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Willing into the fires the plung'd her head,
With greater ease than others seek their bed.
Not more aghast the matrons of renown,
When tyrant Nero burn'd th' imperial town,
Shriek'd for the downfal in a doleful cry,
For which their guiltless lords were doom'd to die.
Now to my story I return again:
The trembling widow, and her daughters twain,
This woful cackling cry with horror heard,
Of those distracted damsels in the yard ;
And starting up beheld the heavy fight,
How Reynard to the foreft took his Aight,
And cross his back, as in triumphant scorn,
The hope and pillar of the house was borne.
The fox, the wicked fox, was all the cry;
Out from his house ran ev'ry neighbour nigh:
The vicar first, and after him the crew,
With forks and staves the felon to pursue.
Ran Coll our dog, and Talbot with the band,
And Malkin, with her distaff in her hand:
Ran cow and calf, and family of hogs,
In panic horror of pursuing dogs ;
With many a deadly grunt and doleful squeak,
Poor swine, as if their pretty hearts would break.
The fhouts of men, the women in dismay,
With shrieks augment the terror of the day.
The ducks that heard the proclamation cry'd,
And fear'd a persecution might betide,
Full twenty mile from town their voyage take,
Obfcure in rushes of the liquid lake.
The geese fly o'er the barn; the bees in arms
Drive headlong from their waxen cells in swarms.
Jack Straw at London-stone, with all his rout,
Struck not the city with so loud a shout;
Not when with English hate they did pursue
A French man, or an unbelieving Jew :
Not when the welkin rung with one and all ;
And echoes bounded back from Fox's hall:
Earth seem'd to fink beneath, and heaven above to fall.
With might and main they chac'd the murd'rous fox,
With brazen trumpets, and inflated box,
To kindle Mars with military sounds,
Nor wanted horns t'inspire fagacious hounds.
But see how Fortune can confound the wise,
And when they least expect it, turn the dice.
The captive-cock, who scarce cou'd draw his breath,
And lay within the very jaws of death;
Yet in this agony his fancy wrought,
And fear supply'd him with this happy thought:
Yours is the prize, victorious prince, said he,
The vicar my defeat, and all the village fee.
Enjoy your friendly fortune while you may,
And bid the churls that envy you
Call back their mungril curs, and cease their cry,
See fools, the shelter of the wood is nigh,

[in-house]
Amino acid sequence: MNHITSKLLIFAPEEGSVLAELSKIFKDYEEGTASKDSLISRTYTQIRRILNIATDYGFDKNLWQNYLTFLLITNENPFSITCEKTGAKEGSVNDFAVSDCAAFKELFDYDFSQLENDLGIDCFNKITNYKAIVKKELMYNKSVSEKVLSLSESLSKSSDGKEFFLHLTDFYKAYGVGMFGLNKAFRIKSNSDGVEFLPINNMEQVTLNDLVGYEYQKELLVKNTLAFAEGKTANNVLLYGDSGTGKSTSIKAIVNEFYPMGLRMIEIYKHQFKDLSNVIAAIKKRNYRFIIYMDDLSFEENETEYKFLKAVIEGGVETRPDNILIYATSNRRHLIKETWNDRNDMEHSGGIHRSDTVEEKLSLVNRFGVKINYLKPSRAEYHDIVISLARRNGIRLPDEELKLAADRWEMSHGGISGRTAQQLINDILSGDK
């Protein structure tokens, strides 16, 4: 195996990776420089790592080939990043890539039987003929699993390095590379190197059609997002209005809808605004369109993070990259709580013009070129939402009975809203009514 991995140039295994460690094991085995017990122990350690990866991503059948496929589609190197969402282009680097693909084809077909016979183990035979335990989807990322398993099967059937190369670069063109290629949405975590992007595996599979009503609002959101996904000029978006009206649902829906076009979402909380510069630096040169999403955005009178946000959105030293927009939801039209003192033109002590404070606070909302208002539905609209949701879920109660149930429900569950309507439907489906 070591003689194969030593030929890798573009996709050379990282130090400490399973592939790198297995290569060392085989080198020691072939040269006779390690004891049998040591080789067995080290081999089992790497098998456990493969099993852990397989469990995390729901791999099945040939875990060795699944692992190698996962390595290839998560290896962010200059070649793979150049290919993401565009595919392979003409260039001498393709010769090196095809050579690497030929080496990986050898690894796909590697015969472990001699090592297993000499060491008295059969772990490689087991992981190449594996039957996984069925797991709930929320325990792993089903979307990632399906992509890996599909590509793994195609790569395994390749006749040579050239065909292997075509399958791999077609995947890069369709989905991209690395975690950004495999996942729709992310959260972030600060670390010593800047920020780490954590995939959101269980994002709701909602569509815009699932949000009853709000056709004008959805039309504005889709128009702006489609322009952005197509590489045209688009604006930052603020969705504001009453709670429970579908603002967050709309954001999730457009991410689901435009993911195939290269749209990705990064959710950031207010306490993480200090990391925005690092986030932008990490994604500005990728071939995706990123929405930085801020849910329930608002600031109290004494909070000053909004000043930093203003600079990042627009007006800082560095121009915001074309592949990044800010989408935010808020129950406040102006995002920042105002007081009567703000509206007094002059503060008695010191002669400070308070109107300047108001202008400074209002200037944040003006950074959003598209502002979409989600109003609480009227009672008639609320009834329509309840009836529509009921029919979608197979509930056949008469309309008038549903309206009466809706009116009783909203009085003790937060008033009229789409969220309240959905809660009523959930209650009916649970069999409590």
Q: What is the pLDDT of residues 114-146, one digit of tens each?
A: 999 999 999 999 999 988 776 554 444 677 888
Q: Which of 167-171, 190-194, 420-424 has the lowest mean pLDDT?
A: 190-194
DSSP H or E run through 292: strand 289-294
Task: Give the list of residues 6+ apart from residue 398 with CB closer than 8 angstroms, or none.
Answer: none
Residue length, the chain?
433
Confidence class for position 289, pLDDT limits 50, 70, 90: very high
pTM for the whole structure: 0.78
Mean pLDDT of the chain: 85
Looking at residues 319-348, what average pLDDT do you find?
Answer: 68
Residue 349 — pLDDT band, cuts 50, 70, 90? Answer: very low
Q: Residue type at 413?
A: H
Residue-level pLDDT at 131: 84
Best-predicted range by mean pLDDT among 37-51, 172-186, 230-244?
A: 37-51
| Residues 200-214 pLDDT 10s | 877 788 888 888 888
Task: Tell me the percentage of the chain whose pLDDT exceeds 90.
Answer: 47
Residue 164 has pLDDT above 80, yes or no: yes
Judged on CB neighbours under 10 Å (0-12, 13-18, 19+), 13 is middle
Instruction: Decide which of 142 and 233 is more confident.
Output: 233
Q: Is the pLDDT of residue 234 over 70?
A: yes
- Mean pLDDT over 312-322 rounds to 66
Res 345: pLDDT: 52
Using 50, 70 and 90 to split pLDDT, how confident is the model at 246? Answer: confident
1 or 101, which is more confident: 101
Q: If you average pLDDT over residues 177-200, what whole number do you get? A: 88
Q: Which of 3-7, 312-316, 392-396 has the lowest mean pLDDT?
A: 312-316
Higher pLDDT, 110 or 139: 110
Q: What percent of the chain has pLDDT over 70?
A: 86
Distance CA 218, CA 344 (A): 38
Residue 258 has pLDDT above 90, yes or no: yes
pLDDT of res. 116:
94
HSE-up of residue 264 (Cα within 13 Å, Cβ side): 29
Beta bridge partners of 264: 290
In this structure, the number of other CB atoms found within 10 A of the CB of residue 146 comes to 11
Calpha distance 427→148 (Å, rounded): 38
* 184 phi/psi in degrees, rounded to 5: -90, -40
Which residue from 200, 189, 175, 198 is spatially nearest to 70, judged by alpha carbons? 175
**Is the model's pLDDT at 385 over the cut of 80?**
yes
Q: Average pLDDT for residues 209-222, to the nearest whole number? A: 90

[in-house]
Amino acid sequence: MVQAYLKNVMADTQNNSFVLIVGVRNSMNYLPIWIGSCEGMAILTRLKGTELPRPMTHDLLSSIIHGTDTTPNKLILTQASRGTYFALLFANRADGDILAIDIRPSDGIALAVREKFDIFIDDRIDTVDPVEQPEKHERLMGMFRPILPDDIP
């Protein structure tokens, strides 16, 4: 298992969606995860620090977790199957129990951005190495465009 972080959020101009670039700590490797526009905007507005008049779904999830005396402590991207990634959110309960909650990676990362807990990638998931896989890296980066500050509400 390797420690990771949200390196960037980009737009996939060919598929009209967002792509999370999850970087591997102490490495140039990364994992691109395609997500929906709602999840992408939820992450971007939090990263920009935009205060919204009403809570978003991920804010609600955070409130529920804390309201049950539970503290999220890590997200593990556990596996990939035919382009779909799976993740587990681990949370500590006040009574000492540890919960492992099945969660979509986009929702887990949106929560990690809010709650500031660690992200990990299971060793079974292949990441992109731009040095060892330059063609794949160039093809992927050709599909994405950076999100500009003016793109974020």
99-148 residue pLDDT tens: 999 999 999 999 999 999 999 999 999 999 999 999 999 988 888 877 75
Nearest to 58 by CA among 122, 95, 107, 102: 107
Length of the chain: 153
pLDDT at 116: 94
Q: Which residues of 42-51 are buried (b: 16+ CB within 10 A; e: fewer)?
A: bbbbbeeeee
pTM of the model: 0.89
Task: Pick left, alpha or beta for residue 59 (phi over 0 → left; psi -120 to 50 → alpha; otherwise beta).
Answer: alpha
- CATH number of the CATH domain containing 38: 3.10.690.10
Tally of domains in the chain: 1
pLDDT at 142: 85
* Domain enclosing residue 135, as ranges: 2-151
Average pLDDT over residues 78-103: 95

And Chanticleer in your despite thall die,
He shall be pluck'd and eaten to the bone.
'Tis well advis'd, in faith it shall be done;
This Reynard said: but as the word he spoke,
The pris'ner with a spring from prison broke:
Then stretch'd his feather’d fans with all his might,
And to the neighb'ring maple wing'd his flight;
Whom when the traitor safe on tree beheld,
He curs’d the Gods, with shame and sorrow fill'd;
Shame for his folly, sorrow out of time,
For plotting an unprofitable crime;
Yet maft'ring both, th'artificer of lies
Renews th' assault, and his last batery tries.
Tho'l, said he, did ne'er in thought offend,
How justly may my lord suspect his friend?'
Th’appearance is against me, I confess,
Who seemingly have put you in distress:
You, if your goodness does not plead my cause,
May think I broke all hospitable laws,
To bear you from your palace-yard by might,
And put your noble person in a fright:
This, fince you take it ill, I must repent,
Tho' Heav'n can witness with no bad intent:
I practis'd it, to make you tafte your cheer
With double pleasure, first prepar'd by fear.
So loyal subjects often seize their prince,
Forc'd (for his good) to seeming violence,
Yet mean his sacred person not the least offence.
Descend; so help me Jove as you shall find
That Reynard comes of no diffembling kind,
Nay quoth the cock; but I beshrew us both,
If I believe a faint upon his oath:
An honest man may take a knave's advice,
But idiots only may be cozen’d twice:
Once warn'd is well bewar'd; not flatt'ring lies
Shall footh me more to sing with winking eyes,
And open mouth, for fear of catching fies.
Who blindfold walks upon a river's brim,
When he should see, has he deserv'd to swim ?
Better, Sir cock, let all contention cease,
Come down, said Reynard, let us treat of peace.
A peace with all my soul, said Chanticleer;
But, with your favour, I will treat it here:
And left the truce with treason should be mixt,
Tis my concern to have the tree betwixt.
In this plain fable you
Of negligence, and fond credulity :
And learn besides of flatt'rers to beware,
Then most pernicious when they speak too fair,
The cock and fox, the fool and knave imply;
The truth is moral, tho' the tale a lye.
Who spoke in parables, I dare not say ;
But sure he knew it was a pleasing way,
Sound sense, by plain example, to convey.
And in a heathen author we may find,
That pleasure with instruction shou'd be join'd;
So take the corn, and leave the chaf behind.
OW turning from the wintry figns, the sun
And whirling up the skies, his chariot drove
Thro' Taurus, and the lightsome realms of love;
Where Venus from her orb descends in show'rs,
To glad the ground, and paint the fields with flow'rs:
When first the tender blades of grass appear,
And buds, that yet the blaft of Eurus fear,
Stand at the door of life, and doubt to clothe the year:
Till gentle heat, and soft repeated rains,
Make the green blood to dance within their veins:
Then, at their call, embolden'd out they come,
And swell the gems, and burst the narrow room;
Broader and broader yet, their blooms display,
Salute the welcome sun, and entertain the day.
Then from their breathing fouls the sweets repair
To scent the skies, and purge th’unwholesom air:
Joy spreads the heart, and, with a general song,
Spring issues out, and leads the jolly months along.
In that sweet season, as in bed I lay,
And sought in fleep to pafs the night away,
I turn'd my weary'd fide, but still in vain,
Tho’ full of youthful health, and void of pain: